I spent the following week afterwards in Chandigarh, north of Delhi, with public health workers and physicians who are actively working towards decreasing neonatal mortality by encouraging institutionalized hospital births over traditional home births. In fact, the Indian government incentivizes births by paying families a lump sum to deliver in the hospital, making the financial barrier easier to overcome. That being said, patients still have cultural reasons for delivering at home even if distance and financial hurdles are negated. 

The public health workers in Chandigarh also focused on providing counseling and STD testing to female sex-workers.  The sex-working industry, though illegal and stigmatized, is still very present in India. I entered the homes of  women in the slums who were involved in sex-work and had a Q&A time to understand the barriers to health-care. All of those we spoke to entered sex-work for financial reasons: some had husbands who were deceased, and those husbands who were alive  struggled to make ends meet financially and suffered from alcoholism. Many of these women were also victims of domestic violence. An average sexual encounter costs Rs 300-Rs1000 an act (that’s about $5-$15). And while not an easy lifestyle, the money was easy to make in comparison to working for longer hours for the same pay. Faced with the reality that the sex-work industry is difficult to leave due to financial constraints, the public health program focused their efforts on making the industry as safe as possible by providing health education, medications, free condoms, STD testing, and other medical resources. Overall they have been very successful at their interventions, and all the women we spoke to endorse using protection for intercourse consistently (a significant feat for a culture that is discrete about even the purchase of condoms!).

My final week I worked in internal medicine at Apollo hospital. The barrier of limited resources for those in poverty, evidenced by poor water sanitation and the slums, extended even into the hospitals. How precious a commodity a unit of packed-red blood cells is! In Delhi, the blood supply is limited and the patient receiving blood must find someone from his family or friends to donate the same amount he received in return. Organ donation is hampered in part by religious and cultural views on the sacredness of the body. Physicians I worked with are currently working at the grass-roots level to raise awareness and debunk myths of organ donation.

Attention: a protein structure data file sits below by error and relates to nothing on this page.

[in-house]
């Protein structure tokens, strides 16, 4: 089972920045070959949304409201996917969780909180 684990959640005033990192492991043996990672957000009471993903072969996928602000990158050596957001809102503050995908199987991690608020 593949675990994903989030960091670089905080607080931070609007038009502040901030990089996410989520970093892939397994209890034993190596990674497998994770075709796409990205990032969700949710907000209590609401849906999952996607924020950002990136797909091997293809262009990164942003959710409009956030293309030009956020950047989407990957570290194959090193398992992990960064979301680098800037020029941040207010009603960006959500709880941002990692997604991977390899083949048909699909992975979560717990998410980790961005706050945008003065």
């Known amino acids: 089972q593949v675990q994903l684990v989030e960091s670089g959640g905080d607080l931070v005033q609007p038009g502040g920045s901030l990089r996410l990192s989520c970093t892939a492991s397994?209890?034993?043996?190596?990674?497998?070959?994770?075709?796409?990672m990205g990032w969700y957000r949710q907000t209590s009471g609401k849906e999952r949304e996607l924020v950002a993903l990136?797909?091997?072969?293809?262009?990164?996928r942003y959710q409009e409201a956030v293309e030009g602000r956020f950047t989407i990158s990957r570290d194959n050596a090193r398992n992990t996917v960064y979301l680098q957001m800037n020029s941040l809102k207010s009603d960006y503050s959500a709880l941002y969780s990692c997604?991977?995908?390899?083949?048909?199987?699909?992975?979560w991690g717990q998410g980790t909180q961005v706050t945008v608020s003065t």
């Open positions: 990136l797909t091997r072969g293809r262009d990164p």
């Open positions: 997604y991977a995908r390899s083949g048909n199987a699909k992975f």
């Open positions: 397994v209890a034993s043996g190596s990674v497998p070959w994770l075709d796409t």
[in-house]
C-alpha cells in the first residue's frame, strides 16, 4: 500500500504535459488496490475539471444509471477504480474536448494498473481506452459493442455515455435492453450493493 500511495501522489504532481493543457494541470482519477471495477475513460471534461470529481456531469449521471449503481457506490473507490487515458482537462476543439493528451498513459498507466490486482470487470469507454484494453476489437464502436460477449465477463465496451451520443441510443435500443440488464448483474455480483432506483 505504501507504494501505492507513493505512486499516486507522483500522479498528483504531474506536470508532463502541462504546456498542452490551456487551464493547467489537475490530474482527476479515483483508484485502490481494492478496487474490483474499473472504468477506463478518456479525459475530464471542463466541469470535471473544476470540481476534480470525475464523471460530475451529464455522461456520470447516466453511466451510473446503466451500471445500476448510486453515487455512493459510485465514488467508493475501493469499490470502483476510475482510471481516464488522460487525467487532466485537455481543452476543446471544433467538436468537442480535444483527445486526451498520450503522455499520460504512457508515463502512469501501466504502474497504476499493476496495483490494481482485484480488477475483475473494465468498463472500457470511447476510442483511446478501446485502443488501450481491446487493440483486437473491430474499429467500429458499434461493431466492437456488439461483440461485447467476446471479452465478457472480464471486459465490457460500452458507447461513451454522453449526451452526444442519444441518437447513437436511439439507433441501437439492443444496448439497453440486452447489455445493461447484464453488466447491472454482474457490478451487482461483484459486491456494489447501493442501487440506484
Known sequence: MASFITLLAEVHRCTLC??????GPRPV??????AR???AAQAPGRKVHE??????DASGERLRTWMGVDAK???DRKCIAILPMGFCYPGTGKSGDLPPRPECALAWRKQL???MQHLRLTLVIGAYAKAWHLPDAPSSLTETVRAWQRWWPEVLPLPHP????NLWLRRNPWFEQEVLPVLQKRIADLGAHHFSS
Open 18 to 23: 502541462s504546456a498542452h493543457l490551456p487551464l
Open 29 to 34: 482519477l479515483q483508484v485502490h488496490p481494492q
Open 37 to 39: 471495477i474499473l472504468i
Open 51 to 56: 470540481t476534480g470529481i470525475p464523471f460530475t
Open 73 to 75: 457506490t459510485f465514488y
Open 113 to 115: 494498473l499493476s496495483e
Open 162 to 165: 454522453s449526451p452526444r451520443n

I came away from my time in India grateful for the experience and humbled again at the ample resources available to those in the United States. These barriers to medical care in India impress upon me the importance of  patient education incumbent upon the physician in order to improve health-care outcomes. Of course, in order to enact societal change, it is paramount to maintain respect for any culture you work in and cultivate an understanding of societal and systemic barriers.

Going forward, I remain eager to continue medical work abroad, now with a stronger social construct that will aid in caring for people within my own country and around the world. It is with this I conclude my reflections, until my next international elective….

Thank you the faculty and staff at VCMC, FMed, CFHI and to all who supported this endeavor!